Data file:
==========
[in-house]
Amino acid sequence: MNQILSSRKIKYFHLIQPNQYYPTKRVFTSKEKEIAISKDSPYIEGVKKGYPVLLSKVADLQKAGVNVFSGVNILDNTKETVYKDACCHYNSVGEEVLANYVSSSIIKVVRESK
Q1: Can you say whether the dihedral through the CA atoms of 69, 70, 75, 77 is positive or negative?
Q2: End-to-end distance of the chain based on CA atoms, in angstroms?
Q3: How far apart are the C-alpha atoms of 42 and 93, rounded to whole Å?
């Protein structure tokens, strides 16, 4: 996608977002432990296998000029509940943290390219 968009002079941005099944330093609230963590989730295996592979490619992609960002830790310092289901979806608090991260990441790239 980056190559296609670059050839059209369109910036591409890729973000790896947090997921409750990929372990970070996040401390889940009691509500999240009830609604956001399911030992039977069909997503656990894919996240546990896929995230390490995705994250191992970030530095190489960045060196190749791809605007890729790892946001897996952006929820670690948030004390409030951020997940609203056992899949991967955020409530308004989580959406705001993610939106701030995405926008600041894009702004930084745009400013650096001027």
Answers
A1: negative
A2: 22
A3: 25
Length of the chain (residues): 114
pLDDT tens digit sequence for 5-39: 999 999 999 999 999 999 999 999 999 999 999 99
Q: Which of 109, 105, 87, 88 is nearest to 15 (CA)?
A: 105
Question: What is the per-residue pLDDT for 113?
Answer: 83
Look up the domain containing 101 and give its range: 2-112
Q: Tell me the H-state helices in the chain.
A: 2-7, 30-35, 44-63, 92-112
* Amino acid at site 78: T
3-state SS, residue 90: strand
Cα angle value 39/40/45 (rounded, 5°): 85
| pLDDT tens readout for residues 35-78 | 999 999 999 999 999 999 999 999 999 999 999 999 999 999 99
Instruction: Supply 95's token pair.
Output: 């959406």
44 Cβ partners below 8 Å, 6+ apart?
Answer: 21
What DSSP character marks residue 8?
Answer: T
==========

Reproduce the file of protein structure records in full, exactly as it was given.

[in-house]
Amino acid sequence: MNQILSSRKIKYFHLIQPNQYYPTKRVFTSKEKEIAISKDSPYIEGVKKGYPVLLSKVADLQKAGVNVFSGVNILDNTKETVYKDACCHYNSVGEEVLANYVSSSIIKVVRESK
Q1: Can you say whether the dihedral through the CA atoms of 69, 70, 75, 77 is positive or negative?
Q2: End-to-end distance of the chain based on CA atoms, in angstroms?
Q3: How far apart are the C-alpha atoms of 42 and 93, rounded to whole Å?
């Protein structure tokens, strides 16, 4: 996608977002432990296998000029509940943290390219 968009002079941005099944330093609230963590989730295996592979490619992609960002830790310092289901979806608090991260990441790239 980056190559296609670059050839059209369109910036591409890729973000790896947090997921409750990929372990970070996040401390889940009691509500999240009830609604956001399911030992039977069909997503656990894919996240546990896929995230390490995705994250191992970030530095190489960045060196190749791809605007890729790892946001897996952006929820670690948030004390409030951020997940609203056992899949991967955020409530308004989580959406705001993610939106701030995405926008600041894009702004930084745009400013650096001027």
Answers
A1: negative
A2: 22
A3: 25
Length of the chain (residues): 114
pLDDT tens digit sequence for 5-39: 999 999 999 999 999 999 999 999 999 999 999 99
Q: Which of 109, 105, 87, 88 is nearest to 15 (CA)?
A: 105
Question: What is the per-residue pLDDT for 113?
Answer: 83
Look up the domain containing 101 and give its range: 2-112
Q: Tell me the H-state helices in the chain.
A: 2-7, 30-35, 44-63, 92-112
* Amino acid at site 78: T
3-state SS, residue 90: strand
Cα angle value 39/40/45 (rounded, 5°): 85
| pLDDT tens readout for residues 35-78 | 999 999 999 999 999 999 999 999 999 999 999 999 999 999 99
Instruction: Supply 95's token pair.
Output: 């959406």
44 Cβ partners below 8 Å, 6+ apart?
Answer: 21
What DSSP character marks residue 8?
Answer: T